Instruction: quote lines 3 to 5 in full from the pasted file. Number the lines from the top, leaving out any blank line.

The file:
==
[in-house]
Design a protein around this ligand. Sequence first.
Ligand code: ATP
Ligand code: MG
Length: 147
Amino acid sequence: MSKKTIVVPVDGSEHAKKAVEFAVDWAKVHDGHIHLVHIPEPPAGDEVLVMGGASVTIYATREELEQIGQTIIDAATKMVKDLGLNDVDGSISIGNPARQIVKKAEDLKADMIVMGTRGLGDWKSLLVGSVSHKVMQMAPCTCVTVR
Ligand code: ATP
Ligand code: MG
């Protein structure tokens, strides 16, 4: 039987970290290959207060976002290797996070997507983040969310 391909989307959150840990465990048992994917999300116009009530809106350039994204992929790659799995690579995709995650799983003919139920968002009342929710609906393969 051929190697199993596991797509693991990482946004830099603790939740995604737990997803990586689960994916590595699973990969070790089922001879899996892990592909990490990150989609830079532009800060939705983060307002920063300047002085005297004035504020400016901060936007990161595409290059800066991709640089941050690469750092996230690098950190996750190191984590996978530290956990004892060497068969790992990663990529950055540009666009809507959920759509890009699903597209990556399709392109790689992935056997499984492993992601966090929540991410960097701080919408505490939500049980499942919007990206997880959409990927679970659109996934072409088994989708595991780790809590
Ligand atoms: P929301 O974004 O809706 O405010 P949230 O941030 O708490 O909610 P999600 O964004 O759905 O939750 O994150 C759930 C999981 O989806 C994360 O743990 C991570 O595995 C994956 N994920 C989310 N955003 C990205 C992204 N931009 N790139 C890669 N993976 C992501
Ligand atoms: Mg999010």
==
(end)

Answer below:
Ligand code: ATP
Ligand code: MG
Length: 147